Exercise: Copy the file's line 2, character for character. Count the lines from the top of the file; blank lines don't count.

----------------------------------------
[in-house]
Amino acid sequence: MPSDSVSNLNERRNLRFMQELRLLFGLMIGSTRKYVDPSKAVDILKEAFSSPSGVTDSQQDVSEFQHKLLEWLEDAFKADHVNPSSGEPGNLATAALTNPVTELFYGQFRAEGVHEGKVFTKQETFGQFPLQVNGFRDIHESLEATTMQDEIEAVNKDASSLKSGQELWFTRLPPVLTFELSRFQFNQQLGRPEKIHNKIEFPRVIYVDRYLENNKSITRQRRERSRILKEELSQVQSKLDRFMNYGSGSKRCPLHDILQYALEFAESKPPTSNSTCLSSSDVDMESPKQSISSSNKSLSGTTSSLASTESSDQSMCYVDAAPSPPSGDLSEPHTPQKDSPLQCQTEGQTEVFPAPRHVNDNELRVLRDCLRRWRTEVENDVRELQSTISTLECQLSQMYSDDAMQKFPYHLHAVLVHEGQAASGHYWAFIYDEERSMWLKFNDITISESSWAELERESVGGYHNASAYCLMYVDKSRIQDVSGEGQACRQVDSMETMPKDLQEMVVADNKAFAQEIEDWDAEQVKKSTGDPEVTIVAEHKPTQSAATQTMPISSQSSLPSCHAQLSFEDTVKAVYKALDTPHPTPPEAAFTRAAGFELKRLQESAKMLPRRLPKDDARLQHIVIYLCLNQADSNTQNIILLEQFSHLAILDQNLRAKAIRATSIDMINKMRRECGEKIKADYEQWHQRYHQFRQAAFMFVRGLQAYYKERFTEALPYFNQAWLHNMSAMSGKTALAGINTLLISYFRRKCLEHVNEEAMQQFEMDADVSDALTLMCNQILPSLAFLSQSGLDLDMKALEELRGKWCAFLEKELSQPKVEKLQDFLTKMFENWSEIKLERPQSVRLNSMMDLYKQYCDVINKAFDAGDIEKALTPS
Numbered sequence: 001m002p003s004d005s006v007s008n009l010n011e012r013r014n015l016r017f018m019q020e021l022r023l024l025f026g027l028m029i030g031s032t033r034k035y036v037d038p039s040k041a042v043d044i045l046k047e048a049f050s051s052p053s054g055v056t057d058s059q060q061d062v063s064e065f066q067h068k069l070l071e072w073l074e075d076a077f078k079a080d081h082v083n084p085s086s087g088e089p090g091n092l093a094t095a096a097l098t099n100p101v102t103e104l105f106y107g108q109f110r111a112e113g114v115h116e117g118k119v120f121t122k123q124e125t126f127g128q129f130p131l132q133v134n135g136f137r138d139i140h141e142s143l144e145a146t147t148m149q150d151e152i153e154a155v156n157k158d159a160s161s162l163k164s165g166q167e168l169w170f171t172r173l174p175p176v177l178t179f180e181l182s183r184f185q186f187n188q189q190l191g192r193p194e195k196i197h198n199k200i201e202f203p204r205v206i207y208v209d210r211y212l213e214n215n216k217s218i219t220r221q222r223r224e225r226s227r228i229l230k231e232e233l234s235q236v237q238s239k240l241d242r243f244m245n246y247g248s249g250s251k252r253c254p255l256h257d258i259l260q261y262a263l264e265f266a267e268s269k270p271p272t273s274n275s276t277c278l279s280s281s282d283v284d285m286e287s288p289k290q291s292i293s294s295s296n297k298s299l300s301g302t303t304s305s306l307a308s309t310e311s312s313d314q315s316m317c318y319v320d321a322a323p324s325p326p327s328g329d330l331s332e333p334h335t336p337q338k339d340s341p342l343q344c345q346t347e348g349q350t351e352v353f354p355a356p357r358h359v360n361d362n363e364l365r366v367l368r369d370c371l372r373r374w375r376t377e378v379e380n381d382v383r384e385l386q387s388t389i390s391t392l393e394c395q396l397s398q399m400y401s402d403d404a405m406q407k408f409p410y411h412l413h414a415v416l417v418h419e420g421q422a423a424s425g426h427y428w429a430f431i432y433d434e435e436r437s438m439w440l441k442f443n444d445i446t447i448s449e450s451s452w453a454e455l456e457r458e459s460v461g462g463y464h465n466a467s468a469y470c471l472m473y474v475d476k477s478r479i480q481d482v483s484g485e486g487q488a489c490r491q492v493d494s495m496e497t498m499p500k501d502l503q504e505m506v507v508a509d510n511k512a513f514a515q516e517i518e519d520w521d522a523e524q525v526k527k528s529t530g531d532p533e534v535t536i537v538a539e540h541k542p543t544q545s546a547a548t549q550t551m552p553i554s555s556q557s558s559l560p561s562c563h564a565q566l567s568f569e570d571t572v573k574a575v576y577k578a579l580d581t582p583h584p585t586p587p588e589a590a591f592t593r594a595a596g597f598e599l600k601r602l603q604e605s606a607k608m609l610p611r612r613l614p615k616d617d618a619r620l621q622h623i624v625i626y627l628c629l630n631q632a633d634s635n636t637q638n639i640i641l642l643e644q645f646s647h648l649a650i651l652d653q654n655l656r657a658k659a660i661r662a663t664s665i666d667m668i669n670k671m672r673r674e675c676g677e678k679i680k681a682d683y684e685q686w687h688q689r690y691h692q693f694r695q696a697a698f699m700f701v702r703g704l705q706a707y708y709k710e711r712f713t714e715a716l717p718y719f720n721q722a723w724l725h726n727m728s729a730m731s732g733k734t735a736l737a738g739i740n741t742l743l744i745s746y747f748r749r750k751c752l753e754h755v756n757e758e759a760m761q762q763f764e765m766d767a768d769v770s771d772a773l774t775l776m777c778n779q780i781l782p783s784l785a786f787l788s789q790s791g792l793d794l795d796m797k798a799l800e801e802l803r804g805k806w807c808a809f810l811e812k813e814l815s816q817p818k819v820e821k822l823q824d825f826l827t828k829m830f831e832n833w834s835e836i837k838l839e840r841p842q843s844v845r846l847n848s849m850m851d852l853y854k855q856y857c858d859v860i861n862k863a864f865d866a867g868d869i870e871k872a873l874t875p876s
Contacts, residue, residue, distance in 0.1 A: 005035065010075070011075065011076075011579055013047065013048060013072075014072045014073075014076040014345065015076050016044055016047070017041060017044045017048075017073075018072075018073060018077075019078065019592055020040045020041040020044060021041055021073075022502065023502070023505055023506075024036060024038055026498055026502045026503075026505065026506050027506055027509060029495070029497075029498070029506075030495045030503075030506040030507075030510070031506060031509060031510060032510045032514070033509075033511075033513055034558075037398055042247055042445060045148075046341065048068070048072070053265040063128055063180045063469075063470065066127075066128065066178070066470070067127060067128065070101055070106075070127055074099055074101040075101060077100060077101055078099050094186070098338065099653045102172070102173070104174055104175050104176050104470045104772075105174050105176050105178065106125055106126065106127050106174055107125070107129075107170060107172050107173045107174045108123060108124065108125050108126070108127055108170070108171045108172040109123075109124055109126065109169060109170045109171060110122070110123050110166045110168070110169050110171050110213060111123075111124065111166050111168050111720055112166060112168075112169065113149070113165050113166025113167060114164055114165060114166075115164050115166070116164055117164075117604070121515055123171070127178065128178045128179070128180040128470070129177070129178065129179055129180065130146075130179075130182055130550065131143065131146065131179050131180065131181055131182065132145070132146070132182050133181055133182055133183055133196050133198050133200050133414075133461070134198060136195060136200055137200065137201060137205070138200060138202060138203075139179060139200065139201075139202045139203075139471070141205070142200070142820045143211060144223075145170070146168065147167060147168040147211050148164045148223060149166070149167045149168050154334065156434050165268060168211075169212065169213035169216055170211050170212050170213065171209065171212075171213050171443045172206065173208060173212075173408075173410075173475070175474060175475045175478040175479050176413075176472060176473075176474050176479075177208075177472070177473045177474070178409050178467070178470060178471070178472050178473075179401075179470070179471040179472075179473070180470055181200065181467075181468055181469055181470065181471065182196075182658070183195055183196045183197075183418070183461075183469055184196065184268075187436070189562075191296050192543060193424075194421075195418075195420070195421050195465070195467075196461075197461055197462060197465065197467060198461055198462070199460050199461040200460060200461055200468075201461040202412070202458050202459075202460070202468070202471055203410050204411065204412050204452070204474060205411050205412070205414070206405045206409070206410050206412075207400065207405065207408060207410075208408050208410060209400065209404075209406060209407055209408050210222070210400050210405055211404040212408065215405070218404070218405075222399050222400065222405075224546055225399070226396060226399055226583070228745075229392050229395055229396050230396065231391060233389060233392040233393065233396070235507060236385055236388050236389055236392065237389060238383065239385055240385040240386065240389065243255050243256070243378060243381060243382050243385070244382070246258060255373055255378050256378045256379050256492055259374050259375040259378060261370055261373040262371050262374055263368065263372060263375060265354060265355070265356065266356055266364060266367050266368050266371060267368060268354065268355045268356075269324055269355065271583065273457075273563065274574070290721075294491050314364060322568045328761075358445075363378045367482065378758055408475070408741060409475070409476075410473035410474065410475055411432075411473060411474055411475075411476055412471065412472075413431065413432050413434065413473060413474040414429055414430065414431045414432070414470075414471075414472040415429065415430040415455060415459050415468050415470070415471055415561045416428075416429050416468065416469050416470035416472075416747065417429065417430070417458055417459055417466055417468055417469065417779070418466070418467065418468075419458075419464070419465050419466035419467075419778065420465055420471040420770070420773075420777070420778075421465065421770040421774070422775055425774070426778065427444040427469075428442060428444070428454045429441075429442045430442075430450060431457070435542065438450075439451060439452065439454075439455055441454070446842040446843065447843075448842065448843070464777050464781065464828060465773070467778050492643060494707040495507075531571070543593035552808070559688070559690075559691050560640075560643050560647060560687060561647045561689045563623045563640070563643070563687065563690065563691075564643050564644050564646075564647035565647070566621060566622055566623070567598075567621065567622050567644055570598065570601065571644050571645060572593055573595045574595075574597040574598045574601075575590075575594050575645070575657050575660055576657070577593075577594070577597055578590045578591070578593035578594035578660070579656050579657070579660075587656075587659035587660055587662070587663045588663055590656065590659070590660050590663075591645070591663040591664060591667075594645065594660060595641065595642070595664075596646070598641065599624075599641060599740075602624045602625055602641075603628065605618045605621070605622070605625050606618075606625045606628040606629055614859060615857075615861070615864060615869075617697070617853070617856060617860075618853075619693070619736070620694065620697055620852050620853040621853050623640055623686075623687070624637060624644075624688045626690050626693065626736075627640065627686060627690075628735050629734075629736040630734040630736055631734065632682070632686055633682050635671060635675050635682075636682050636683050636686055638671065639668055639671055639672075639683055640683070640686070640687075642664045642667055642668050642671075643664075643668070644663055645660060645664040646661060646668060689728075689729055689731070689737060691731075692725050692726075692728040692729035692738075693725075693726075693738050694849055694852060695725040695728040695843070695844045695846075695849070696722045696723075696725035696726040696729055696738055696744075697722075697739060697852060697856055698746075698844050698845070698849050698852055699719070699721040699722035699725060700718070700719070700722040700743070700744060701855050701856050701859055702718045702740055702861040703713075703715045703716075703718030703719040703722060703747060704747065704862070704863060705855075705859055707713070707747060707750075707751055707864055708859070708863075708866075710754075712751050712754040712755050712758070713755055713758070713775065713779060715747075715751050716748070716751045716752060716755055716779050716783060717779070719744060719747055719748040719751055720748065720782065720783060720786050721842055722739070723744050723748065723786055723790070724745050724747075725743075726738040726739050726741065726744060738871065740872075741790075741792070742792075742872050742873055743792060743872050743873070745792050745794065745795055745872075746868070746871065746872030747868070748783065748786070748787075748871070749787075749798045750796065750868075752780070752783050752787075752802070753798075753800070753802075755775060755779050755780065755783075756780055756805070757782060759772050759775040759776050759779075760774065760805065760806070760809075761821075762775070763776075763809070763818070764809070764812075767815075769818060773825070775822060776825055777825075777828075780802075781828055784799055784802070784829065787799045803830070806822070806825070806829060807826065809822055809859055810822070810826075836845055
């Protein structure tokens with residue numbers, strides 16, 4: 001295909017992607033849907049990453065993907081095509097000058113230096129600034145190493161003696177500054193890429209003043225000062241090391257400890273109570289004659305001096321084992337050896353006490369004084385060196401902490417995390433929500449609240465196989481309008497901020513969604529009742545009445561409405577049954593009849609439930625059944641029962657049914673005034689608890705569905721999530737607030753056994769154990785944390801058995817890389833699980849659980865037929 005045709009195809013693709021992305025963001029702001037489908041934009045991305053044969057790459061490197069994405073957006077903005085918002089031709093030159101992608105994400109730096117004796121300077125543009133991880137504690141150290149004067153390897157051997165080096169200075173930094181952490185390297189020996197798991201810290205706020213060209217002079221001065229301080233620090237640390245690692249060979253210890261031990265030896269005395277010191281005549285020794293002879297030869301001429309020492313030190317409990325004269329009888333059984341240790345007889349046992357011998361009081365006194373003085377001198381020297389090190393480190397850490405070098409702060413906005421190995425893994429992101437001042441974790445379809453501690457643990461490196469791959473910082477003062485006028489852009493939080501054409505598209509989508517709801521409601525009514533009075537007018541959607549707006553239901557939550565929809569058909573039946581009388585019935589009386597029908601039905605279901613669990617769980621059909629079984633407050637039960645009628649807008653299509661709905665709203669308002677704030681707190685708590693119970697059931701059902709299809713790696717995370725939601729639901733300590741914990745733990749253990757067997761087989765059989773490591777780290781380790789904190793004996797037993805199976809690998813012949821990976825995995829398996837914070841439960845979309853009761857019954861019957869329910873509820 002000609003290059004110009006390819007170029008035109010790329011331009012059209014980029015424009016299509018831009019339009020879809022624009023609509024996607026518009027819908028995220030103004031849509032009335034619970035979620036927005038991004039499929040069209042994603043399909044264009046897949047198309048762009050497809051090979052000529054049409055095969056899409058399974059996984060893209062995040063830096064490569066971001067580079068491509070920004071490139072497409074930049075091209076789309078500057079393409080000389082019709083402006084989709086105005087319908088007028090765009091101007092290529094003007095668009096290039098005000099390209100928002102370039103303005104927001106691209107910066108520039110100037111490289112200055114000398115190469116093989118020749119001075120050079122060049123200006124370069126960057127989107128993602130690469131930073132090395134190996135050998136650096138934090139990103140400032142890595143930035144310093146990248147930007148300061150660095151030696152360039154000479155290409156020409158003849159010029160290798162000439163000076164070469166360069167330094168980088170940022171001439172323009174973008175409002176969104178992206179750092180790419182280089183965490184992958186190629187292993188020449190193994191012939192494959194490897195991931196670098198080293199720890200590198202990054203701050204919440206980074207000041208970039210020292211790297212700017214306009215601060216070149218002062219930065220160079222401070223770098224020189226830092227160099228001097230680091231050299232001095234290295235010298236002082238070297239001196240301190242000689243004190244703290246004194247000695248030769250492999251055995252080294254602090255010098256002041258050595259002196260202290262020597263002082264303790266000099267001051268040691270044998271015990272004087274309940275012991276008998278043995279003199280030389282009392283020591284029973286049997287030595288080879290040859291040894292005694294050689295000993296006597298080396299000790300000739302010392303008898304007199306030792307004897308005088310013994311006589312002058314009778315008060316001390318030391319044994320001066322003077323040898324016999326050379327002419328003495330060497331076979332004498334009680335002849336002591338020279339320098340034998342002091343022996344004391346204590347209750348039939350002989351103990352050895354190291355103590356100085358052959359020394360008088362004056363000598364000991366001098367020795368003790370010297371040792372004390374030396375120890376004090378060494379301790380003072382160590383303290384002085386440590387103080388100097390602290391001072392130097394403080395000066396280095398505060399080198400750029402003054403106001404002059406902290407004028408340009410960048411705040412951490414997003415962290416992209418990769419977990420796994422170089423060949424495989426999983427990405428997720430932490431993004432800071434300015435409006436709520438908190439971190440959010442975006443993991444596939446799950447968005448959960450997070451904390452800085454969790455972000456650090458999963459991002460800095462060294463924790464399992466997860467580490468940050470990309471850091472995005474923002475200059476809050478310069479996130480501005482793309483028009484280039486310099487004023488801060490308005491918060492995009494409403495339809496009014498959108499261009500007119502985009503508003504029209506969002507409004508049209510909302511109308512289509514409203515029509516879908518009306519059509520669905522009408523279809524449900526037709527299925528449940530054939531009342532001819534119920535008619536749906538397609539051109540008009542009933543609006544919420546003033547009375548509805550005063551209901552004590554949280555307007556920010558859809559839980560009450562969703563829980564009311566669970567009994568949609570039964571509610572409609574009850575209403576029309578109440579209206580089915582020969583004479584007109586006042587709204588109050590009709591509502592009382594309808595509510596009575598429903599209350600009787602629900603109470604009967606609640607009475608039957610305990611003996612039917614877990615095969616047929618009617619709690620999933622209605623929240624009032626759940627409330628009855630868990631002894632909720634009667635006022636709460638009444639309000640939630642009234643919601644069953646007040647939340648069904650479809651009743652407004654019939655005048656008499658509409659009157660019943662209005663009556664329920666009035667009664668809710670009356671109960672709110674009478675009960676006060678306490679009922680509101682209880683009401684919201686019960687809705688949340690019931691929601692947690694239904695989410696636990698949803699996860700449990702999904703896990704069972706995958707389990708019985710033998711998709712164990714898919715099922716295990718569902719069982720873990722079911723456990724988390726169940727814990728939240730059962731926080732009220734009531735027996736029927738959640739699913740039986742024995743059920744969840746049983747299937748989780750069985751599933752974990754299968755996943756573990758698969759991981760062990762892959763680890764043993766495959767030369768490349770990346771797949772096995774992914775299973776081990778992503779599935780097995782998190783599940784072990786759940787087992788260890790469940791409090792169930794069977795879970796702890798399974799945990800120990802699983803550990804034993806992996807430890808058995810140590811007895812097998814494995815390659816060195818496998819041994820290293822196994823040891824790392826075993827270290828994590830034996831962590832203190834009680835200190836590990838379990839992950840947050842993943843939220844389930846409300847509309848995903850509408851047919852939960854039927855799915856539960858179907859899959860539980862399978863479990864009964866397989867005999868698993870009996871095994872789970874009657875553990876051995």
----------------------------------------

Amino acid sequence: MPSDSVSNLNERRNLRFMQELRLLFGLMIGSTRKYVDPSKAVDILKEAFSSPSGVTDSQQDVSEFQHKLLEWLEDAFKADHVNPSSGEPGNLATAALTNPVTELFYGQFRAEGVHEGKVFTKQETFGQFPLQVNGFRDIHESLEATTMQDEIEAVNKDASSLKSGQELWFTRLPPVLTFELSRFQFNQQLGRPEKIHNKIEFPRVIYVDRYLENNKSITRQRRERSRILKEELSQVQSKLDRFMNYGSGSKRCPLHDILQYALEFAESKPPTSNSTCLSSSDVDMESPKQSISSSNKSLSGTTSSLASTESSDQSMCYVDAAPSPPSGDLSEPHTPQKDSPLQCQTEGQTEVFPAPRHVNDNELRVLRDCLRRWRTEVENDVRELQSTISTLECQLSQMYSDDAMQKFPYHLHAVLVHEGQAASGHYWAFIYDEERSMWLKFNDITISESSWAELERESVGGYHNASAYCLMYVDKSRIQDVSGEGQACRQVDSMETMPKDLQEMVVADNKAFAQEIEDWDAEQVKKSTGDPEVTIVAEHKPTQSAATQTMPISSQSSLPSCHAQLSFEDTVKAVYKALDTPHPTPPEAAFTRAAGFELKRLQESAKMLPRRLPKDDARLQHIVIYLCLNQADSNTQNIILLEQFSHLAILDQNLRAKAIRATSIDMINKMRRECGEKIKADYEQWHQRYHQFRQAAFMFVRGLQAYYKERFTEALPYFNQAWLHNMSAMSGKTALAGINTLLISYFRRKCLEHVNEEAMQQFEMDADVSDALTLMCNQILPSLAFLSQSGLDLDMKALEELRGKWCAFLEKELSQPKVEKLQDFLTKMFENWSEIKLERPQSVRLNSMMDLYKQYCDVINKAFDAGDIEKALTPS